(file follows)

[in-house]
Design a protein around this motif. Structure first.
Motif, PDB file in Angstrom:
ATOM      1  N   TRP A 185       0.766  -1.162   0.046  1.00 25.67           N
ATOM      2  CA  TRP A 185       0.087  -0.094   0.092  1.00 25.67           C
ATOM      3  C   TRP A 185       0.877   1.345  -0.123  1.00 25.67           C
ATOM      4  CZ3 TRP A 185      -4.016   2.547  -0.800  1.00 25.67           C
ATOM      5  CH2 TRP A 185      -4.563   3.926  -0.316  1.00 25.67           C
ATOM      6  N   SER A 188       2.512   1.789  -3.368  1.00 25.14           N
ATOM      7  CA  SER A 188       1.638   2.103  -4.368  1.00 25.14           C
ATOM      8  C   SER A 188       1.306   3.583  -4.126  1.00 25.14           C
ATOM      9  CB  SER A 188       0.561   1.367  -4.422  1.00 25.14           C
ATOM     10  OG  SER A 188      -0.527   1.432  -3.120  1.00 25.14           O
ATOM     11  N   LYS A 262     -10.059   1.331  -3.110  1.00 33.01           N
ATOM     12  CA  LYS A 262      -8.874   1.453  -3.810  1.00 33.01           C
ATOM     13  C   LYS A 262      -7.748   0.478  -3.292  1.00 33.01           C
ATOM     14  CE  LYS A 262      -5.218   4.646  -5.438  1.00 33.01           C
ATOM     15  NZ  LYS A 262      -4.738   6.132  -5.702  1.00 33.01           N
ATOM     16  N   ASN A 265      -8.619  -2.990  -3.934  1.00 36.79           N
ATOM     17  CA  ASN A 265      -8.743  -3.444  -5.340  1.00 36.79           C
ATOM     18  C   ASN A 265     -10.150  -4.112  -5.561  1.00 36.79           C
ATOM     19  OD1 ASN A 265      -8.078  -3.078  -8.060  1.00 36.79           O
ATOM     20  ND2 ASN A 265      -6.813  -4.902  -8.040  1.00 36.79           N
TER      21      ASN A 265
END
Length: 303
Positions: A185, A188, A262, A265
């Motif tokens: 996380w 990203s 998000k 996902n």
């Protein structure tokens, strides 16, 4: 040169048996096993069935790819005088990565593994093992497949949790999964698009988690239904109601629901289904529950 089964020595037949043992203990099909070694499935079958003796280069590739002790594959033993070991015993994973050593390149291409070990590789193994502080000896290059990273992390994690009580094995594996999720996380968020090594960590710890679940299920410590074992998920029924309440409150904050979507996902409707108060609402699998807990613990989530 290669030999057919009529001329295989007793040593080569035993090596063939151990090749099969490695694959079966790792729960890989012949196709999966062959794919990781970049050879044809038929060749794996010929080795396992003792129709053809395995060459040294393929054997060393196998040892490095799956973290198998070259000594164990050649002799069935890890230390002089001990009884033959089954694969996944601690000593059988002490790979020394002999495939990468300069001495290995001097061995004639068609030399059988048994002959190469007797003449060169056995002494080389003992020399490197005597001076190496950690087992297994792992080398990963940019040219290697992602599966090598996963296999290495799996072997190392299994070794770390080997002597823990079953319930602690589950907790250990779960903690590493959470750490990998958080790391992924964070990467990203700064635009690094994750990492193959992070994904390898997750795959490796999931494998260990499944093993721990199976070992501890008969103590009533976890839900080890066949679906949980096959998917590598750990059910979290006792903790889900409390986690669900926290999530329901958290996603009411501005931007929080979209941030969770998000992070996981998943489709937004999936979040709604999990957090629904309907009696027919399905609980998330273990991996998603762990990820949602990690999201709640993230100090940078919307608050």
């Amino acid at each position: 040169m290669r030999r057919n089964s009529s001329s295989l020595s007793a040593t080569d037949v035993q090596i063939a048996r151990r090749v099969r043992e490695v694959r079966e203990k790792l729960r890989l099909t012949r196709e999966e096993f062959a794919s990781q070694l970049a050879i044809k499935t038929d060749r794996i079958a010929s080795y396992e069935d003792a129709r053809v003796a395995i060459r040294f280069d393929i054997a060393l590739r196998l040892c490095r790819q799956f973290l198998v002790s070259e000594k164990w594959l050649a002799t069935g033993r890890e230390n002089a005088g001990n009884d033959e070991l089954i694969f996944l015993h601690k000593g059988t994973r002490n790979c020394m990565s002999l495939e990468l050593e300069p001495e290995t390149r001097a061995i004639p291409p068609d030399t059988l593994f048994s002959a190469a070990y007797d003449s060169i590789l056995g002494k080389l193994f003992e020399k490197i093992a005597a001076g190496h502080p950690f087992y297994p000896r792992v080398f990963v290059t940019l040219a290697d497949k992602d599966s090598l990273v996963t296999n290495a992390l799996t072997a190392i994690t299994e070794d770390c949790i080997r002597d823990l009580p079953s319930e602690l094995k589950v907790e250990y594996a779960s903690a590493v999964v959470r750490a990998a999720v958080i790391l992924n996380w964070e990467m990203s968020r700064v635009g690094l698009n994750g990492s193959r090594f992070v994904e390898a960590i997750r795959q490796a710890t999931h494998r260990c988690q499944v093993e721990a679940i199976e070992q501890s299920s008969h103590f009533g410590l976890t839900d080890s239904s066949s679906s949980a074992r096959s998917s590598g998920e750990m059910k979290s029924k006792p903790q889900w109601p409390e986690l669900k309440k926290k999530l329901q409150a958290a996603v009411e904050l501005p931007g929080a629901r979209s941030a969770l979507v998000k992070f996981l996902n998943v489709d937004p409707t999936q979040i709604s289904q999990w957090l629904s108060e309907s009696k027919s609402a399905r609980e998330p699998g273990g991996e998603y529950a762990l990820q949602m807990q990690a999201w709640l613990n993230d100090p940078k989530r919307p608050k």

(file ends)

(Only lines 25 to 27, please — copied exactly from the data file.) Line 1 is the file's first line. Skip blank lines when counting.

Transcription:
END
Length: 303
Positions: A185, A188, A262, A265